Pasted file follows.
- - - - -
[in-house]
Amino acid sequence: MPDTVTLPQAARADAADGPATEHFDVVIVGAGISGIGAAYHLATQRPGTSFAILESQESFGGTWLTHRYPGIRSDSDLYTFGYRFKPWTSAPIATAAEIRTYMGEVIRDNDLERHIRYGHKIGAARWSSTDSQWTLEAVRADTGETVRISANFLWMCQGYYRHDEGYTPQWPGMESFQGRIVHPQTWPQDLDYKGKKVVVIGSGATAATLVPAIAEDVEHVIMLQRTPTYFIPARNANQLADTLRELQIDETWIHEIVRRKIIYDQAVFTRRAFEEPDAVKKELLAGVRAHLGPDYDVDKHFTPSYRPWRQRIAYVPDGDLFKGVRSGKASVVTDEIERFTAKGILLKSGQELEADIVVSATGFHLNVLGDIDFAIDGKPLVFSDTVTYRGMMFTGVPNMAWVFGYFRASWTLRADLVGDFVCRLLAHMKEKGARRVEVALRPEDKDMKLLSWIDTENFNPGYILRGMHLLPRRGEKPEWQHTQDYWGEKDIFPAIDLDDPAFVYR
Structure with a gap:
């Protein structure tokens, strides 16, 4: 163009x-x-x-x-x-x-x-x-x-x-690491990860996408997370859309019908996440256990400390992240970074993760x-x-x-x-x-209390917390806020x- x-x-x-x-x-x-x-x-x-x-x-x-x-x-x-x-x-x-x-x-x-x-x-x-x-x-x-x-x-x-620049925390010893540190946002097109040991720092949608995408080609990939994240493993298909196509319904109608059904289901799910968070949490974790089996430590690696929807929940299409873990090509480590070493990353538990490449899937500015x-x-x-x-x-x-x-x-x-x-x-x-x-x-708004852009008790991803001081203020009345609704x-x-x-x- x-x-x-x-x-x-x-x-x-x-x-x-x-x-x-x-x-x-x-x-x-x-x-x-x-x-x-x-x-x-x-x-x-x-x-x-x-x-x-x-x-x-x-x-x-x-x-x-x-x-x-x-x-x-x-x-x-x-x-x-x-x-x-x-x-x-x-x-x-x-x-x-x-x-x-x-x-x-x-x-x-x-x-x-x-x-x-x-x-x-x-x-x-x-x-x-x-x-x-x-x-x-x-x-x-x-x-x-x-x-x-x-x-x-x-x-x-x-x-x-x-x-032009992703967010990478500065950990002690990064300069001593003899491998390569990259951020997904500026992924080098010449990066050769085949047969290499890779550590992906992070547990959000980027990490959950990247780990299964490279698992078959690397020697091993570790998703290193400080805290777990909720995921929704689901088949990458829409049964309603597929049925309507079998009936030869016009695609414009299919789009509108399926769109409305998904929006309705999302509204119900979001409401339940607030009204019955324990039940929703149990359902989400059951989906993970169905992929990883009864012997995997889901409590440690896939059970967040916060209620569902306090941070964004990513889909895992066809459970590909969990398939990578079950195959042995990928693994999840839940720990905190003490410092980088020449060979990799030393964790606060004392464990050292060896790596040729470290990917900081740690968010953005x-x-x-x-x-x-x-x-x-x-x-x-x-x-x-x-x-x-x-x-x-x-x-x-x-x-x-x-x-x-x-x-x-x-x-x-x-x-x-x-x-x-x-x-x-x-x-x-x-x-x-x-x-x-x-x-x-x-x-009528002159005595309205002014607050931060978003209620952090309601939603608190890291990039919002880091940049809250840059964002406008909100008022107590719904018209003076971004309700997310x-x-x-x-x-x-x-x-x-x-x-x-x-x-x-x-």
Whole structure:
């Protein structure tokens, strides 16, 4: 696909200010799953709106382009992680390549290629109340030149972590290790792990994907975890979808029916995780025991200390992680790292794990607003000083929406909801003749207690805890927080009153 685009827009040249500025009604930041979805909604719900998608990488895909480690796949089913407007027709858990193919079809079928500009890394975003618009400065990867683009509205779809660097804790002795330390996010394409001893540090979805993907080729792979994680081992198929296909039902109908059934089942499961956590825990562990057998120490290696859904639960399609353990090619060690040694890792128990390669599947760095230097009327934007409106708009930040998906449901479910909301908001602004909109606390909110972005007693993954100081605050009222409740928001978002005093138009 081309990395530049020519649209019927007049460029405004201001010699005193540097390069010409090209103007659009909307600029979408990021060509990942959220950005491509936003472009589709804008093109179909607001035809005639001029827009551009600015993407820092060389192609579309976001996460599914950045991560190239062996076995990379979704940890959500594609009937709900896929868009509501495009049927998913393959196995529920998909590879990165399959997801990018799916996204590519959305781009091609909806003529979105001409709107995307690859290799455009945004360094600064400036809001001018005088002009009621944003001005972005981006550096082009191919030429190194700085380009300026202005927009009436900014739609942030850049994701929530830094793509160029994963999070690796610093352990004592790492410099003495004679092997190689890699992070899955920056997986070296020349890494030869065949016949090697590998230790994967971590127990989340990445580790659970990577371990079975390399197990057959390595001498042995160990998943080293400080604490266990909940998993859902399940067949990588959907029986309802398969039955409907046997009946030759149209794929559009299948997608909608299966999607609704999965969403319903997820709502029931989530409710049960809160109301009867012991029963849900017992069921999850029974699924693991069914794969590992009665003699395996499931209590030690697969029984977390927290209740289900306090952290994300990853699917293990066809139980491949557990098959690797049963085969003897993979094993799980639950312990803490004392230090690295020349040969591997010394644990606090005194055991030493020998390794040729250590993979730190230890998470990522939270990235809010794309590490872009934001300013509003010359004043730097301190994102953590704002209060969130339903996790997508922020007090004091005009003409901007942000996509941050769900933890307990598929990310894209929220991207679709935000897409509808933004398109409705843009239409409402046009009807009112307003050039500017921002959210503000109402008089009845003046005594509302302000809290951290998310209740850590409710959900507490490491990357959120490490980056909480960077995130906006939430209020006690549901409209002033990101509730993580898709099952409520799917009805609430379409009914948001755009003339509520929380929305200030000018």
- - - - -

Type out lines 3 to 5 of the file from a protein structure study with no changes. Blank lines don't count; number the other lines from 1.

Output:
Structure with a gap:
């Protein structure tokens, strides 16, 4: 163009x-x-x-x-x-x-x-x-x-x-690491990860996408997370859309019908996440256990400390992240970074993760x-x-x-x-x-209390917390806020x- x-x-x-x-x-x-x-x-x-x-x-x-x-x-x-x-x-x-x-x-x-x-x-x-x-x-x-x-x-x-620049925390010893540190946002097109040991720092949608995408080609990939994240493993298909196509319904109608059904289901799910968070949490974790089996430590690696929807929940299409873990090509480590070493990353538990490449899937500015x-x-x-x-x-x-x-x-x-x-x-x-x-x-708004852009008790991803001081203020009345609704x-x-x-x- x-x-x-x-x-x-x-x-x-x-x-x-x-x-x-x-x-x-x-x-x-x-x-x-x-x-x-x-x-x-x-x-x-x-x-x-x-x-x-x-x-x-x-x-x-x-x-x-x-x-x-x-x-x-x-x-x-x-x-x-x-x-x-x-x-x-x-x-x-x-x-x-x-x-x-x-x-x-x-x-x-x-x-x-x-x-x-x-x-x-x-x-x-x-x-x-x-x-x-x-x-x-x-x-x-x-x-x-x-x-x-x-x-x-x-x-x-x-x-x-x-x-032009992703967010990478500065950990002690990064300069001593003899491998390569990259951020997904500026992924080098010449990066050769085949047969290499890779550590992906992070547990959000980027990490959950990247780990299964490279698992078959690397020697091993570790998703290193400080805290777990909720995921929704689901088949990458829409049964309603597929049925309507079998009936030869016009695609414009299919789009509108399926769109409305998904929006309705999302509204119900979001409401339940607030009204019955324990039940929703149990359902989400059951989906993970169905992929990883009864012997995997889901409590440690896939059970967040916060209620569902306090941070964004990513889909895992066809459970590909969990398939990578079950195959042995990928693994999840839940720990905190003490410092980088020449060979990799030393964790606060004392464990050292060896790596040729470290990917900081740690968010953005x-x-x-x-x-x-x-x-x-x-x-x-x-x-x-x-x-x-x-x-x-x-x-x-x-x-x-x-x-x-x-x-x-x-x-x-x-x-x-x-x-x-x-x-x-x-x-x-x-x-x-x-x-x-x-x-x-x-x-009528002159005595309205002014607050931060978003209620952090309601939603608190890291990039919002880091940049809250840059964002406008909100008022107590719904018209003076971004309700997310x-x-x-x-x-x-x-x-x-x-x-x-x-x-x-x-």
Whole structure: